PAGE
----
High County News ran an article in 2018 highlighting the injustices rampant within the Wild West and its version of policing, which themselves disturbingly echo through the present in the form of continued, generational, systematic violence against Black people. The article cites 352 confirmed lynchings, which yes, disproportionately targeted people of color (Mexicans and Native Americans, included). One 1882 publication of these incidents highlights the staggeringly blind bigotry at play, calling the perpetrators, "virtuous, intelligent, and responsible citizens with coolness and deliberation arresting momentarily the operations of law for the salvation of society." Acknowledging such injustices, especially within such romanticized Wild West trappings, are an obvious step toward combating further racism.

A future of restitution and acknowledgement of wrongs

The article discusses the opening of the National Memorial for Peace and Justice in 2018 in Montgomery, Alabama, a combination museum-and-memorial built in honor of those individuals murdered by lynching and other race-based terror tactics throughout our nation's history. As the museum's website states, it focuses on the history of violence against the Black community, from slavery through the present, particularly in the Deep South, and including the Wild West. The memorial was created by the Equal Justice Initiative (EJI), which, per the EJI website, was created in 1989 to "recognize the victims of lynching by collecting soil from lynching sites," as well as other goals like supporting death row inmates. In 2015 the EJI produced a comprehensive report called "Lynching in America: Confronting the Legacy of Racial Terror," which went on to inspire the memorial.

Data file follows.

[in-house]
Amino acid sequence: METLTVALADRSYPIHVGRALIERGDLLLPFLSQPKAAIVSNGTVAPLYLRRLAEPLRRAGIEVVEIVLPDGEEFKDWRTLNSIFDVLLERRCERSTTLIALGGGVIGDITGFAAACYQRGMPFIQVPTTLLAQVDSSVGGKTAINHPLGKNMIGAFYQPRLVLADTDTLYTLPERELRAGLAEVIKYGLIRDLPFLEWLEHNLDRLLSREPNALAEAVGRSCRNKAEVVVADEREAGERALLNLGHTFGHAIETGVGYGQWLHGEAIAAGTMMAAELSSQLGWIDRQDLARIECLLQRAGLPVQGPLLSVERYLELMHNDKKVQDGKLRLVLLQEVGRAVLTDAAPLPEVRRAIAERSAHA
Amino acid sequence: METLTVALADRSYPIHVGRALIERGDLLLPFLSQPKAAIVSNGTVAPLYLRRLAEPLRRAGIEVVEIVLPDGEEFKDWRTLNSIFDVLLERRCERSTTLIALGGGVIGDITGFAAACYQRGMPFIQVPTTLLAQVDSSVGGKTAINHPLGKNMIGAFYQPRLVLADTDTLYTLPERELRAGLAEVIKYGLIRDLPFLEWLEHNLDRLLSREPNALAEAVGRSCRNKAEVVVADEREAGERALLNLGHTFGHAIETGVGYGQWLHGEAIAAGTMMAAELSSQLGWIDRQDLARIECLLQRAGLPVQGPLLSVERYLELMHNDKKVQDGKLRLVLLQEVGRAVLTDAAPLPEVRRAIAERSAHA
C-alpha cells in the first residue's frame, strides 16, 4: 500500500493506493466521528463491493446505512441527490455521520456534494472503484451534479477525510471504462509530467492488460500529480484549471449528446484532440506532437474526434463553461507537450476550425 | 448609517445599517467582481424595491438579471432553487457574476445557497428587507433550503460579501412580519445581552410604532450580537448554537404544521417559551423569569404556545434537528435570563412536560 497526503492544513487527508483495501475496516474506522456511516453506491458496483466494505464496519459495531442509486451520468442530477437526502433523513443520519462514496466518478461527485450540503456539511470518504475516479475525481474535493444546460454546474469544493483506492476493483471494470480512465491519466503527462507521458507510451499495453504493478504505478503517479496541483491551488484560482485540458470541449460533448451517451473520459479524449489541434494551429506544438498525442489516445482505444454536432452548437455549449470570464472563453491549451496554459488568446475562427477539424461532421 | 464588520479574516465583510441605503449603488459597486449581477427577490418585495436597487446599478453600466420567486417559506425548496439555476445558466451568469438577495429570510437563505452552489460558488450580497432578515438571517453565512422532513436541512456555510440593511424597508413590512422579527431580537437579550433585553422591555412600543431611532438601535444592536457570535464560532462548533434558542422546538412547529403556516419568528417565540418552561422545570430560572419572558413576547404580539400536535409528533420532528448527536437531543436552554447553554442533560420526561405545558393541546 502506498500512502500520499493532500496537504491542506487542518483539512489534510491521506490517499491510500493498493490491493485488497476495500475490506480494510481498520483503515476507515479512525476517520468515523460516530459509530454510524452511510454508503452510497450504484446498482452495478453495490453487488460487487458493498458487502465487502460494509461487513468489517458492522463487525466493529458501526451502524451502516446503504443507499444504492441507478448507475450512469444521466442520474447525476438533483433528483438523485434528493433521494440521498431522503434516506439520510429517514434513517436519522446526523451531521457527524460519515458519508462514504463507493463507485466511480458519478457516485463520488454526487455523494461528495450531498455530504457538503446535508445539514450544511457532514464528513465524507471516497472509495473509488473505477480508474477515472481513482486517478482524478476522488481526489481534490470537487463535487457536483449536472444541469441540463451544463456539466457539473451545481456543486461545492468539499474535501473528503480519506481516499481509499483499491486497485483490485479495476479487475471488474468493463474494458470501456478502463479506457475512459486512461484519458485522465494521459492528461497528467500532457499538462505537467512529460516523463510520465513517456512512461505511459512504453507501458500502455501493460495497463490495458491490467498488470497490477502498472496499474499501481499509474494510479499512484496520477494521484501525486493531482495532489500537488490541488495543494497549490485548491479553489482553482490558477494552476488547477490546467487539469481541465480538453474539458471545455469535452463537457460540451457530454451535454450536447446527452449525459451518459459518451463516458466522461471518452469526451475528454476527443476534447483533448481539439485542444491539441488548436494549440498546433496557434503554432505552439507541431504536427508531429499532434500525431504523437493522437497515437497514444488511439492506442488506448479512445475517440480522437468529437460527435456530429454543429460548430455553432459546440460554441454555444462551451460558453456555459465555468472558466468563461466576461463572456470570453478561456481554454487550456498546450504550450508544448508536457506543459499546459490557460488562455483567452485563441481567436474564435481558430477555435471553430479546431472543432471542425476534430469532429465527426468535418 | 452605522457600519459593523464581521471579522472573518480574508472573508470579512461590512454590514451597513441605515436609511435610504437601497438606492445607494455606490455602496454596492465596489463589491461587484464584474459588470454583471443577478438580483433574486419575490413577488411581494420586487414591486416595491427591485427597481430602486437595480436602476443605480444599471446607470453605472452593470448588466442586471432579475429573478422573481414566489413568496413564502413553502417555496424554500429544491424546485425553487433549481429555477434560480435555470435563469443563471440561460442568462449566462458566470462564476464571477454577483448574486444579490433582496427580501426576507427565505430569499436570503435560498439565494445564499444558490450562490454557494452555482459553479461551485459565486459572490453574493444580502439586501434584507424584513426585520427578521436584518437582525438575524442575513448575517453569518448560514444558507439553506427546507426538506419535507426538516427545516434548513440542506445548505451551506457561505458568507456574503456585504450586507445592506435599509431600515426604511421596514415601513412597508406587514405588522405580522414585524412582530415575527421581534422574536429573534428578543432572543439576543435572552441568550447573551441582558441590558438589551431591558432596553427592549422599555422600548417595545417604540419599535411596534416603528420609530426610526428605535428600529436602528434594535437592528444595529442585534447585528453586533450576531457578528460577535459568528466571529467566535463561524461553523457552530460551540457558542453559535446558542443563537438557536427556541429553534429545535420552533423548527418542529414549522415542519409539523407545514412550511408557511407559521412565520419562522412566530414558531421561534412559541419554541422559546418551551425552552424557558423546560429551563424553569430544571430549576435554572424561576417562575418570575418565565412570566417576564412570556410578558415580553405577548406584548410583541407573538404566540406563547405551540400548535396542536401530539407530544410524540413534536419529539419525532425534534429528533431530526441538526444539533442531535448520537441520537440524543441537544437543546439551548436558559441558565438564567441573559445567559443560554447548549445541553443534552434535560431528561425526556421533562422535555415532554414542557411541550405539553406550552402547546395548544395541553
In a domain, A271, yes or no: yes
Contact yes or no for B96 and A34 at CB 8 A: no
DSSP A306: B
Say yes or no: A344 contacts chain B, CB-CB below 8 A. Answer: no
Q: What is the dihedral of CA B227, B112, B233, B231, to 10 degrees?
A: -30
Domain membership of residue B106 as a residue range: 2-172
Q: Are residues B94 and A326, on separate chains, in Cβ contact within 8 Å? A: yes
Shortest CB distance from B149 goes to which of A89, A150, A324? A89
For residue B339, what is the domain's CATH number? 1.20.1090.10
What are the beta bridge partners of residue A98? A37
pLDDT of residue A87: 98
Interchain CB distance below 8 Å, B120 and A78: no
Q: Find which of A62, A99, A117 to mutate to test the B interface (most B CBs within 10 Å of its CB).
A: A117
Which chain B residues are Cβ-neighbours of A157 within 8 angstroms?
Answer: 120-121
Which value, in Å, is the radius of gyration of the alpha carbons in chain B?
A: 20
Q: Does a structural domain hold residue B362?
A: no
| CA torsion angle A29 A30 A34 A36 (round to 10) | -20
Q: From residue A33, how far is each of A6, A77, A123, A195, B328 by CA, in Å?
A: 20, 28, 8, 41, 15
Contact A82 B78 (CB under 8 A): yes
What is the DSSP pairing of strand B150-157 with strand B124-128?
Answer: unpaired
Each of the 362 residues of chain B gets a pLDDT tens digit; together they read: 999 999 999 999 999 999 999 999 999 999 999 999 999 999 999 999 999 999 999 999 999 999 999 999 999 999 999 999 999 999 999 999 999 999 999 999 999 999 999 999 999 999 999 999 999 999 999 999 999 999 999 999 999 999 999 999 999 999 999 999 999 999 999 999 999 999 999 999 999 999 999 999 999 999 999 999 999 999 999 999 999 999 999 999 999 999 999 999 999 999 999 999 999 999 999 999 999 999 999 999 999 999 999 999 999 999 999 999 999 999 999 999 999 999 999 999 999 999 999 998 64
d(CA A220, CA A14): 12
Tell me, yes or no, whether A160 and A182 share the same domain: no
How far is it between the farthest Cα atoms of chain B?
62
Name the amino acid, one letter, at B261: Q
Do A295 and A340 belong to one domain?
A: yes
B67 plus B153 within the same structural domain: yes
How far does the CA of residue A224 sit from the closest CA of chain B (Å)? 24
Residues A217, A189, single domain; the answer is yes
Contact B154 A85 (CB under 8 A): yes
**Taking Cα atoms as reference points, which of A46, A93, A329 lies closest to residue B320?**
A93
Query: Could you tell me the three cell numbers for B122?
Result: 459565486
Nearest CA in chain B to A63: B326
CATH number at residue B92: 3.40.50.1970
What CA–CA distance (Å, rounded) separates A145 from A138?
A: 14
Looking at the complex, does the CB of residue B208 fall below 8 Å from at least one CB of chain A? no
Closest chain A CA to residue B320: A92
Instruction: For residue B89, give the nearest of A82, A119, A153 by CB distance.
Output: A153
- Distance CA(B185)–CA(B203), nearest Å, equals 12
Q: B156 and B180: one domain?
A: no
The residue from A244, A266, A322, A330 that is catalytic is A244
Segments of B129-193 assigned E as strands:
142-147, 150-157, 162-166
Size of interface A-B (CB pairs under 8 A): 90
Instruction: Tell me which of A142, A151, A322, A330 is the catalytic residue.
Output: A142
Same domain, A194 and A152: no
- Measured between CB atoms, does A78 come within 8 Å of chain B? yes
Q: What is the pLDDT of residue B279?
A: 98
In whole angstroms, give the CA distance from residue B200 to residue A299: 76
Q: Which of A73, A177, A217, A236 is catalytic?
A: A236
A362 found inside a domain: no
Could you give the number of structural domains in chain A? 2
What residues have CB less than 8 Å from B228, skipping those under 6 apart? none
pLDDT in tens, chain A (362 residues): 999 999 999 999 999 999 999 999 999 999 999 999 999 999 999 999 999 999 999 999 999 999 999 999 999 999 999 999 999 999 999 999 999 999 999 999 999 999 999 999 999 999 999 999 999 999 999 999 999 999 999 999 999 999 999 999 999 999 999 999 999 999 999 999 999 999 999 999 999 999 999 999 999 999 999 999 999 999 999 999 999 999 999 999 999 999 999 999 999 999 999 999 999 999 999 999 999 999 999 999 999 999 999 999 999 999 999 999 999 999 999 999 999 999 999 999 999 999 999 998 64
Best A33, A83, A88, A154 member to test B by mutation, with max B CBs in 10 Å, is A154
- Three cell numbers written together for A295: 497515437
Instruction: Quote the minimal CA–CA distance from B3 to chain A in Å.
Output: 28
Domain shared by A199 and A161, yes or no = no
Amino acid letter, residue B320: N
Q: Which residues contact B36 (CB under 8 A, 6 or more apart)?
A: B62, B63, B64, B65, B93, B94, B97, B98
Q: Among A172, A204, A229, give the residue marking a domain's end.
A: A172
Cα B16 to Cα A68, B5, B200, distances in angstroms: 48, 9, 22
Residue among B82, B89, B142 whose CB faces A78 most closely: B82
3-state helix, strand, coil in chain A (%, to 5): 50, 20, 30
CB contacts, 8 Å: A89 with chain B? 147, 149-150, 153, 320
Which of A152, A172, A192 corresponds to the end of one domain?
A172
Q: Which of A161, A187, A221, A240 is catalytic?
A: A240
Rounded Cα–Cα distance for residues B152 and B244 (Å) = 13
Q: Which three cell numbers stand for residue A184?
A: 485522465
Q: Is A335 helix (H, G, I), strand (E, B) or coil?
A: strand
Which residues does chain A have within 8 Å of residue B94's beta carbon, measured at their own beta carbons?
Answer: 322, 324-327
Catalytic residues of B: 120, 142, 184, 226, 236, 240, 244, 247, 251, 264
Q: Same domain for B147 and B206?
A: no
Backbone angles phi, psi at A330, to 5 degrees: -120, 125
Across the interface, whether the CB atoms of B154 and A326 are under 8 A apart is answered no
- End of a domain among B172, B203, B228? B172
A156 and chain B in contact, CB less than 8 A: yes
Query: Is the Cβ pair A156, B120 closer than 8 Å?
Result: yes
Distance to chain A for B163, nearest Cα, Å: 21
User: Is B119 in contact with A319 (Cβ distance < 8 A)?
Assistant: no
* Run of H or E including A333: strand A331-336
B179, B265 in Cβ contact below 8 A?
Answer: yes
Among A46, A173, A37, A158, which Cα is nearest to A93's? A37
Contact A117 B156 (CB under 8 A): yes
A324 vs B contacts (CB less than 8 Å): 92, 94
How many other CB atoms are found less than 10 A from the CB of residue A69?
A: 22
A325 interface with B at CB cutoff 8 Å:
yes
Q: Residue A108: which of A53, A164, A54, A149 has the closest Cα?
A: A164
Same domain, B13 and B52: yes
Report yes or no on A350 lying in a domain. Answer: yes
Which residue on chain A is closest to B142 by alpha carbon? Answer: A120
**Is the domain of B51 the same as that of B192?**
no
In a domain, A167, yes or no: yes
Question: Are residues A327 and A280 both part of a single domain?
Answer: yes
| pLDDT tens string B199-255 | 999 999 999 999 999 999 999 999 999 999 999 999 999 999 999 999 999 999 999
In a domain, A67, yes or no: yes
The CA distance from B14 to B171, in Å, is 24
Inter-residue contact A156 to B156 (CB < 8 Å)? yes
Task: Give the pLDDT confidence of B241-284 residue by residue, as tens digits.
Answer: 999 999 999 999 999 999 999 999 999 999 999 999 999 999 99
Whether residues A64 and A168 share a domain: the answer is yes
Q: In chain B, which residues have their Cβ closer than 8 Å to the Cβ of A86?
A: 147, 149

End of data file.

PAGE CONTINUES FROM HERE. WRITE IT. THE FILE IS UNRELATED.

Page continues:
Besides the EJI's report and memorial, other steps have been made to right these old wrongs. In 2018, now-Vice President Kamala Harris, along with Sens. Cory Booker and Tim Scott, introduced an anti-lynching bill — the Emmett Till Antilynching Act — to Congress. The bill, which would make lynching a federal crime, passed the House 410 to 4, per The New York Times, but one person, Sen. Rand Paul, has since blocked it. Why? It would "cheapen the meaning of lynching" because of its vague wording. 

You know what far more relevant thing deserves to not be cheapened? The lives of the lynched.